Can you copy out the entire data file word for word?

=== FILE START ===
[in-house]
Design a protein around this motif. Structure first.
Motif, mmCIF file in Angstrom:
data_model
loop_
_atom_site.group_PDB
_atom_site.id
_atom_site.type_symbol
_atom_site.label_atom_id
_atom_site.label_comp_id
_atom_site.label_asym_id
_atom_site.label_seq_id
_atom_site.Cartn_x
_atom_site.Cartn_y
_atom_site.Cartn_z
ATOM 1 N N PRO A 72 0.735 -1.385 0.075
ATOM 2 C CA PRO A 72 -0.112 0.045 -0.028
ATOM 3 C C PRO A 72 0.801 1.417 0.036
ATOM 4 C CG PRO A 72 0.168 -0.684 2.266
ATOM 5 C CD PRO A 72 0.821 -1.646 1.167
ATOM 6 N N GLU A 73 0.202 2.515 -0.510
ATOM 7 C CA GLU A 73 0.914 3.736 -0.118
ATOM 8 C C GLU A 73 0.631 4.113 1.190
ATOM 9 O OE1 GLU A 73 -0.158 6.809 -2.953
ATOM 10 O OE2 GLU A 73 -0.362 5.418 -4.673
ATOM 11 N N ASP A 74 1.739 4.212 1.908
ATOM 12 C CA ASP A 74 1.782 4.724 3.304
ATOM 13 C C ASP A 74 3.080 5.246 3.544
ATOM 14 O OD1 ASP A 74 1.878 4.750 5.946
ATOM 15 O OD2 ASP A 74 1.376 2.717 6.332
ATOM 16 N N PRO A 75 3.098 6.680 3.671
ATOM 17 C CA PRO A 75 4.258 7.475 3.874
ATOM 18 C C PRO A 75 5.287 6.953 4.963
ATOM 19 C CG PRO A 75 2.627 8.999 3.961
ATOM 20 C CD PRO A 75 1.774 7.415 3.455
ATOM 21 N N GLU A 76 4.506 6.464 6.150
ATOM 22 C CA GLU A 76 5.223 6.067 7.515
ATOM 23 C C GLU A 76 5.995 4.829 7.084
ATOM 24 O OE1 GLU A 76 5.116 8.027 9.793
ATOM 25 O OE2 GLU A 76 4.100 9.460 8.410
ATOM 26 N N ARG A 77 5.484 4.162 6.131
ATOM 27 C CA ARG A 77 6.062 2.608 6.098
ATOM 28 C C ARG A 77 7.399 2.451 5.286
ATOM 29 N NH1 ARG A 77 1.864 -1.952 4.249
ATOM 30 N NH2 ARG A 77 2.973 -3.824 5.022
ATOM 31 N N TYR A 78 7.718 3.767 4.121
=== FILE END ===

[in-house]
Design a protein around this motif. Structure first.
Motif, mmCIF file in Angstrom:
data_model
loop_
_atom_site.group_PDB
_atom_site.id
_atom_site.type_symbol
_atom_site.label_atom_id
_atom_site.label_comp_id
_atom_site.label_asym_id
_atom_site.label_seq_id
_atom_site.Cartn_x
_atom_site.Cartn_y
_atom_site.Cartn_z
ATOM 1 N N PRO A 72 0.735 -1.385 0.075
ATOM 2 C CA PRO A 72 -0.112 0.045 -0.028
ATOM 3 C C PRO A 72 0.801 1.417 0.036
ATOM 4 C CG PRO A 72 0.168 -0.684 2.266
ATOM 5 C CD PRO A 72 0.821 -1.646 1.167
ATOM 6 N N GLU A 73 0.202 2.515 -0.510
ATOM 7 C CA GLU A 73 0.914 3.736 -0.118
ATOM 8 C C GLU A 73 0.631 4.113 1.190
ATOM 9 O OE1 GLU A 73 -0.158 6.809 -2.953
ATOM 10 O OE2 GLU A 73 -0.362 5.418 -4.673
ATOM 11 N N ASP A 74 1.739 4.212 1.908
ATOM 12 C CA ASP A 74 1.782 4.724 3.304
ATOM 13 C C ASP A 74 3.080 5.246 3.544
ATOM 14 O OD1 ASP A 74 1.878 4.750 5.946
ATOM 15 O OD2 ASP A 74 1.376 2.717 6.332
ATOM 16 N N PRO A 75 3.098 6.680 3.671
ATOM 17 C CA PRO A 75 4.258 7.475 3.874
ATOM 18 C C PRO A 75 5.287 6.953 4.963
ATOM 19 C CG PRO A 75 2.627 8.999 3.961
ATOM 20 C CD PRO A 75 1.774 7.415 3.455
ATOM 21 N N GLU A 76 4.506 6.464 6.150
ATOM 22 C CA GLU A 76 5.223 6.067 7.515
ATOM 23 C C GLU A 76 5.995 4.829 7.084
ATOM 24 O OE1 GLU A 76 5.116 8.027 9.793
ATOM 25 O OE2 GLU A 76 4.100 9.460 8.410
ATOM 26 N N ARG A 77 5.484 4.162 6.131
ATOM 27 C CA ARG A 77 6.062 2.608 6.098
ATOM 28 C C ARG A 77 7.399 2.451 5.286
ATOM 29 N NH1 ARG A 77 1.864 -1.952 4.249
ATOM 30 N NH2 ARG A 77 2.973 -3.824 5.022
ATOM 31 N N TYR A 78 7.718 3.767 4.121